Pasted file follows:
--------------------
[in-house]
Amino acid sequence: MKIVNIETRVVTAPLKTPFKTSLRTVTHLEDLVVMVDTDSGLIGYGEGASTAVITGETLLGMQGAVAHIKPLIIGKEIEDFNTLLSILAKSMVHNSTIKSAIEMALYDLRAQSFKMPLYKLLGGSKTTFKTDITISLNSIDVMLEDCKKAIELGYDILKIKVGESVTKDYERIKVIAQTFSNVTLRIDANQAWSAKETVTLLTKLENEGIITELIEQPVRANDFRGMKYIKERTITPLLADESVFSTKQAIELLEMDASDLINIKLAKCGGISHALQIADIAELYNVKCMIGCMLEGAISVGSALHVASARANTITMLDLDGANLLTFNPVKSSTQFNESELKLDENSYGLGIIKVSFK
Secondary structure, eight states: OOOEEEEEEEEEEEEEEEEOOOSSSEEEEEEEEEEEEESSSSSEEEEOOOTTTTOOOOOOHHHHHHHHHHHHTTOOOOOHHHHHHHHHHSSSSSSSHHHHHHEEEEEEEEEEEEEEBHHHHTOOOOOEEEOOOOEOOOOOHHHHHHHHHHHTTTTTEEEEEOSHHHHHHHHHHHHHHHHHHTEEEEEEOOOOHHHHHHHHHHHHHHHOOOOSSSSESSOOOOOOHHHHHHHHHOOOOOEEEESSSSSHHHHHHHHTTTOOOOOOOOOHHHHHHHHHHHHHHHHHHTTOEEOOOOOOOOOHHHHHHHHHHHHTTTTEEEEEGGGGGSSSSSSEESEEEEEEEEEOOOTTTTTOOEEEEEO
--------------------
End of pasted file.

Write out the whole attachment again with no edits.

[in-house]
Amino acid sequence: MKIVNIETRVVTAPLKTPFKTSLRTVTHLEDLVVMVDTDSGLIGYGEGASTAVITGETLLGMQGAVAHIKPLIIGKEIEDFNTLLSILAKSMVHNSTIKSAIEMALYDLRAQSFKMPLYKLLGGSKTTFKTDITISLNSIDVMLEDCKKAIELGYDILKIKVGESVTKDYERIKVIAQTFSNVTLRIDANQAWSAKETVTLLTKLENEGIITELIEQPVRANDFRGMKYIKERTITPLLADESVFSTKQAIELLEMDASDLINIKLAKCGGISHALQIADIAELYNVKCMIGCMLEGAISVGSALHVASARANTITMLDLDGANLLTFNPVKSSTQFNESELKLDENSYGLGIIKVSFK
Secondary structure, eight states: OOOEEEEEEEEEEEEEEEEOOOSSSEEEEEEEEEEEEESSSSSEEEEOOOTTTTOOOOOOHHHHHHHHHHHHTTOOOOOHHHHHHHHHHSSSSSSSHHHHHHEEEEEEEEEEEEEEBHHHHTOOOOOEEEOOOOEOOOOOHHHHHHHHHHHTTTTTEEEEEOSHHHHHHHHHHHHHHHHHHTEEEEEEOOOOHHHHHHHHHHHHHHHOOOOSSSSESSOOOOOOHHHHHHHHHOOOOOEEEESSSSSHHHHHHHHTTTOOOOOOOOOHHHHHHHHHHHHHHHHHHTTOEEOOOOOOOOOHHHHHHHHHHHHTTTTEEEEEGGGGGSSSSSSEESEEEEEEEEEOOOTTTTTOOEEEEEO